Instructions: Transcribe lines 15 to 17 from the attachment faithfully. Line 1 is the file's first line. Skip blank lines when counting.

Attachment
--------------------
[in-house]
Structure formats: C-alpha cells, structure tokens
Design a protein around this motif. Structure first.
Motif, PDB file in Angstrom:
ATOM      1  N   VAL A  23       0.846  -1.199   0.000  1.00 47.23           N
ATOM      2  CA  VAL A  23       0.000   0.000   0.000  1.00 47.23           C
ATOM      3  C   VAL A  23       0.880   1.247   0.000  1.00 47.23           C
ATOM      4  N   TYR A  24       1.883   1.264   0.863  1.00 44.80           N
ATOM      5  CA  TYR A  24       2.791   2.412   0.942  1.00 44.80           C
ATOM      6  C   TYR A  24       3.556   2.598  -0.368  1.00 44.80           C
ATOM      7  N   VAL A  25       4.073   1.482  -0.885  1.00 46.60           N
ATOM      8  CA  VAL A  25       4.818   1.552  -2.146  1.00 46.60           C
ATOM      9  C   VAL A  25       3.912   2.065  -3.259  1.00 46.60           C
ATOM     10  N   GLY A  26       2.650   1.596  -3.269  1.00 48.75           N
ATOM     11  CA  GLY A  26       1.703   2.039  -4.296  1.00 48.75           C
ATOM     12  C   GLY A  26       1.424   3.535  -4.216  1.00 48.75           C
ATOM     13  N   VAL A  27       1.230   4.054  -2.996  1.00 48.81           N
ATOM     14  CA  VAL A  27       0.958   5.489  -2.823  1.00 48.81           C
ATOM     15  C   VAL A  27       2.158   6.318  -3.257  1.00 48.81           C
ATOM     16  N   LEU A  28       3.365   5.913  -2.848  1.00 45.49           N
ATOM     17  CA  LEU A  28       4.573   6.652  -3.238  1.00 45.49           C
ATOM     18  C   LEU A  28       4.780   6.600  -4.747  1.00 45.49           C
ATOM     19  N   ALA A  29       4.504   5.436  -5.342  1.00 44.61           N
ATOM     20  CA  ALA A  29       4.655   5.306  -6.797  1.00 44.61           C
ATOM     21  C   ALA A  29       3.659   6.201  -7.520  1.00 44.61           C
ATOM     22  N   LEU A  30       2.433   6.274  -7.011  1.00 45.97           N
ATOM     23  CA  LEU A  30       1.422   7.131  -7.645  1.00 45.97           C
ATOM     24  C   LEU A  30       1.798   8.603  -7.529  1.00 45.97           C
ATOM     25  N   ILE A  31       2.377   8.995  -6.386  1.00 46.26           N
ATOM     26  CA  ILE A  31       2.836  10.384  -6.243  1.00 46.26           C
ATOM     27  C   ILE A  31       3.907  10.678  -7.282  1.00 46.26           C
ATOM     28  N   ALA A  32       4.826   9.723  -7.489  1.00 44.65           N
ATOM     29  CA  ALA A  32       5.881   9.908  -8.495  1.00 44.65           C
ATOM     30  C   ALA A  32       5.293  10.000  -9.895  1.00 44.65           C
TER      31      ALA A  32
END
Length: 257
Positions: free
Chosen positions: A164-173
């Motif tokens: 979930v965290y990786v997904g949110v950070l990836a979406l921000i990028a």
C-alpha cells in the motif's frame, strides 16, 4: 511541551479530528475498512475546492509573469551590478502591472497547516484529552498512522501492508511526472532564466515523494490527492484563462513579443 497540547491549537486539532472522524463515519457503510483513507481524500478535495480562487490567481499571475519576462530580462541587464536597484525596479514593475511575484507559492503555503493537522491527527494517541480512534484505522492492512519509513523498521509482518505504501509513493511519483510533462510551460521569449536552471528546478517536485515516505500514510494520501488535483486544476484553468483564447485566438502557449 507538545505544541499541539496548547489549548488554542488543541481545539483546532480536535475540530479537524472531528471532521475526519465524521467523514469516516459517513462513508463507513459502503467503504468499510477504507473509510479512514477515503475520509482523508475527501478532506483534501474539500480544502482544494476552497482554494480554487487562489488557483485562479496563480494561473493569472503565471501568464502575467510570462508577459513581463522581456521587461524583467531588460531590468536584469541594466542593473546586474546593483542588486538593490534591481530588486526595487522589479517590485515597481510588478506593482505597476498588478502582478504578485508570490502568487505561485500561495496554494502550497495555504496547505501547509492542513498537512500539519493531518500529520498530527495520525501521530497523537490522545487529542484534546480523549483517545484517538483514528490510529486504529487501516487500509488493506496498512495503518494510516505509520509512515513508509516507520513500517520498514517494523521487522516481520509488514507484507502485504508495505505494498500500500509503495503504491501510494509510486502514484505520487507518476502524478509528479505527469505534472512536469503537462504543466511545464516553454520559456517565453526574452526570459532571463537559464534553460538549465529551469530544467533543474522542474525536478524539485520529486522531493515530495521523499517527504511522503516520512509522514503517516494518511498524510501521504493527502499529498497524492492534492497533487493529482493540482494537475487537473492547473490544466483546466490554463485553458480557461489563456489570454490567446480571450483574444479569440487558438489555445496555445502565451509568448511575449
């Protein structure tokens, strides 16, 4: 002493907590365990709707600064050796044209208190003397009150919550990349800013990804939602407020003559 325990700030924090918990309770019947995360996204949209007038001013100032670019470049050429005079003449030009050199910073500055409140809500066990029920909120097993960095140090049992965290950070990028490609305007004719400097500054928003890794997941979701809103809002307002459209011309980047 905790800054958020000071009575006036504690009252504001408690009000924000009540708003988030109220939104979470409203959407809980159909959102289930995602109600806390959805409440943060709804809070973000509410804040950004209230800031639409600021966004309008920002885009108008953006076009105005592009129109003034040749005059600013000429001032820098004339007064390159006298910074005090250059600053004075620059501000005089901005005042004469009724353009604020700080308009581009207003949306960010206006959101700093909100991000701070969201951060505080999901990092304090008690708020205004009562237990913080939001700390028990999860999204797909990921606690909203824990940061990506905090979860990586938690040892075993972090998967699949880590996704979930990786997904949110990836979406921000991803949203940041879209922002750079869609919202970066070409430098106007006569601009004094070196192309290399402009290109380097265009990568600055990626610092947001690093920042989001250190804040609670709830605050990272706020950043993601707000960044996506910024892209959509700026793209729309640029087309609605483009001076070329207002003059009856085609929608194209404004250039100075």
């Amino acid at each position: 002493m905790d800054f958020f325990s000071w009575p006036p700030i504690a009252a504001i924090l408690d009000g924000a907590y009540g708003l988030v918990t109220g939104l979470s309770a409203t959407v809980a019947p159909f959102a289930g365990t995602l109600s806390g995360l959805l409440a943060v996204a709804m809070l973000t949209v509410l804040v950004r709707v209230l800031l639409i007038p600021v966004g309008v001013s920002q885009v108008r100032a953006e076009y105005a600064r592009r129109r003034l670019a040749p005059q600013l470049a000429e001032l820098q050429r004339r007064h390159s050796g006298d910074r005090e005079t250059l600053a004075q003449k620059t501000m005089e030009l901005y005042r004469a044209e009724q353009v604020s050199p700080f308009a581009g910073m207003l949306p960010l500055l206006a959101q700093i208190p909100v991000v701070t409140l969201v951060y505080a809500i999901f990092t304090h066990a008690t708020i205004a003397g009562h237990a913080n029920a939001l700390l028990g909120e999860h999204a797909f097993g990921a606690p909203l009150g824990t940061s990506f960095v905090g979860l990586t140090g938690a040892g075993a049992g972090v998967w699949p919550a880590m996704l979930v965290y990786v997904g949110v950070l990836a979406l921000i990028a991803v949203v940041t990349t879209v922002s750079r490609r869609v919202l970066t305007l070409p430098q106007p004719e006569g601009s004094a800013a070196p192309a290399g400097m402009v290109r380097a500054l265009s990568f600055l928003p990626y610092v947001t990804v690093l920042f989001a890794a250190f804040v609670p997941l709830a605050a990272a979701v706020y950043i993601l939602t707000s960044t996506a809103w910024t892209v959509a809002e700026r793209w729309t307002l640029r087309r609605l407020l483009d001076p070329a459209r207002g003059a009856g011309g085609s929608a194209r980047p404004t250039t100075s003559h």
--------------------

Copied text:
ATOM     11  CA  GLY A  26       1.703   2.039  -4.296  1.00 48.75           C
ATOM     12  C   GLY A  26       1.424   3.535  -4.216  1.00 48.75           C
ATOM     13  N   VAL A  27       1.230   4.054  -2.996  1.00 48.81           N